I asked the manager to give my granddaughter that test they’d been giving kids all day (and largely failing) because I have no doubt she would have passed it; why else would I have asked for it? He declined; told me if it made me “feel better” I could get a 16+ year old to stay in the water with her; seriously?; where am I suppose to get this 16+ year old; and what are LIFE GUARDS for??
    The Christian part of the Y… I am raising a grandson who desperately needed a GOOD Y program; this is not it. I am offended at the Christian pretense of what use to be a truly Christian organization.

  2. Trazanna says:

    Hello. First, I am sorry that you were unable to find our contact information. On the home page of the Houston YMCA website, find “Contact” in the bottom right corner; from there, you may click “email” to reach us. Also, on this blog, in the top menu bar, is a “Contact” tab, that allows you to email us and provides our phone number as well. Again, my apologies; however, I am glad that you were able to reach us through this forum. We need to hear from our members, especially when they are unhappy with us.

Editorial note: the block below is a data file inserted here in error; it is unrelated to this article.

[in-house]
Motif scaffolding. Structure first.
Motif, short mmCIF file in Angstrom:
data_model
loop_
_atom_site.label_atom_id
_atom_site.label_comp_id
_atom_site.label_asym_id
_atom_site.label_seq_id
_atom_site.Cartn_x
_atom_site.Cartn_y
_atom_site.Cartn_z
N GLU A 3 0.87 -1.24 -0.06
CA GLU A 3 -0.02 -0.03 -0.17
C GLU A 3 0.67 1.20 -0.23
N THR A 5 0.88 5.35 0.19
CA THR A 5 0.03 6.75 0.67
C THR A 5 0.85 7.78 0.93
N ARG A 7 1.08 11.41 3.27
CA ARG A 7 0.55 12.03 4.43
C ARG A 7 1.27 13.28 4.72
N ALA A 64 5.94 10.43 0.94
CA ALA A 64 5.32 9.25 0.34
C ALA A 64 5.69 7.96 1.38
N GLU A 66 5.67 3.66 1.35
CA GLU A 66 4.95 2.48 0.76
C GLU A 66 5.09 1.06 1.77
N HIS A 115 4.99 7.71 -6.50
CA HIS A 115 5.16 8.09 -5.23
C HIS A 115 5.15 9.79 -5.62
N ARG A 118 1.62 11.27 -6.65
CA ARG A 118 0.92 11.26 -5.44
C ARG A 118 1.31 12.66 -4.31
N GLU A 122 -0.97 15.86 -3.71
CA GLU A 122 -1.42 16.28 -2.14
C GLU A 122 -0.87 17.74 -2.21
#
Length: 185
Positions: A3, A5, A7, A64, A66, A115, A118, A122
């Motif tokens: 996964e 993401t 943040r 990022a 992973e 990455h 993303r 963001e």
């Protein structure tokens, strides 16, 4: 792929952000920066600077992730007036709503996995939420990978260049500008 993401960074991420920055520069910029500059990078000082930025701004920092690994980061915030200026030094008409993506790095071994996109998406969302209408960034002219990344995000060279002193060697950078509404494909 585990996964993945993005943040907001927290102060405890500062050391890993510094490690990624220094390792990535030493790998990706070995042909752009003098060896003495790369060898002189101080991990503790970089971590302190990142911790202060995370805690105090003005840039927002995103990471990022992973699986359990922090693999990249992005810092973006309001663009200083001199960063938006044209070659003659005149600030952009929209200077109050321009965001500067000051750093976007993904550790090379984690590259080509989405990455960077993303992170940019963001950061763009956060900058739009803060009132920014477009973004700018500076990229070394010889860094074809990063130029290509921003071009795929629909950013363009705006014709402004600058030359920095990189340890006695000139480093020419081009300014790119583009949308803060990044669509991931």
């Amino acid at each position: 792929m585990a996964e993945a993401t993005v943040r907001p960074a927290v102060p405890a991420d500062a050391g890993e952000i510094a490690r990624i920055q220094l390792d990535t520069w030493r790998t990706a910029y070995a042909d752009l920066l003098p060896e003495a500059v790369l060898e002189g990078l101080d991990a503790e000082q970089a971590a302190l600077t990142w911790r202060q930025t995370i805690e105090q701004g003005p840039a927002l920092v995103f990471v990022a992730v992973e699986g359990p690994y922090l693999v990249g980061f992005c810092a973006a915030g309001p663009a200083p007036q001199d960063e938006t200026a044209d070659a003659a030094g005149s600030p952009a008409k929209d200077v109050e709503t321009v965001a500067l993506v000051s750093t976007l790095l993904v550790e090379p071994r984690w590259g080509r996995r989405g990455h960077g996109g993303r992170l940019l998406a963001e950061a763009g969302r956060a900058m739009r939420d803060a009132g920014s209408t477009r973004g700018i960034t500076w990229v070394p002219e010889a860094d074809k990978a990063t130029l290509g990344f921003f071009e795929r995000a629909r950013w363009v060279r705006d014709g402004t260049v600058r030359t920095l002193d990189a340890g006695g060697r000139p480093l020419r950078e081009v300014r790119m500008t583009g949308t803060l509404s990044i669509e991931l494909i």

You are correct that our YMCA aquatics standards require all children under six to have an adult (16 years or older) with them within arm’s reach in the pool at all times. This is a safety standard; if a child gets in trouble in the water, it is much easier to reach out to them than to jump in and get them. In life or death situations, seconds count. While our lifeguards are constantly scanning the water and watching people in the pool, no lifeguard or floatation device is a substitute for a parent or caregiver’s direct supervision in the water. I understand that this standard is an inconvenience to your family’s ability to enjoy the pool and for that I am terribly sorry.

    Regarding our other pool rules, you are correct that we should enforce them all equally. I encourage you to bring this to the attention of the management at your specific YMCA location so that they may address these issues. I hope that you do not terminate your membership. It would be our loss.

  3. Etta says: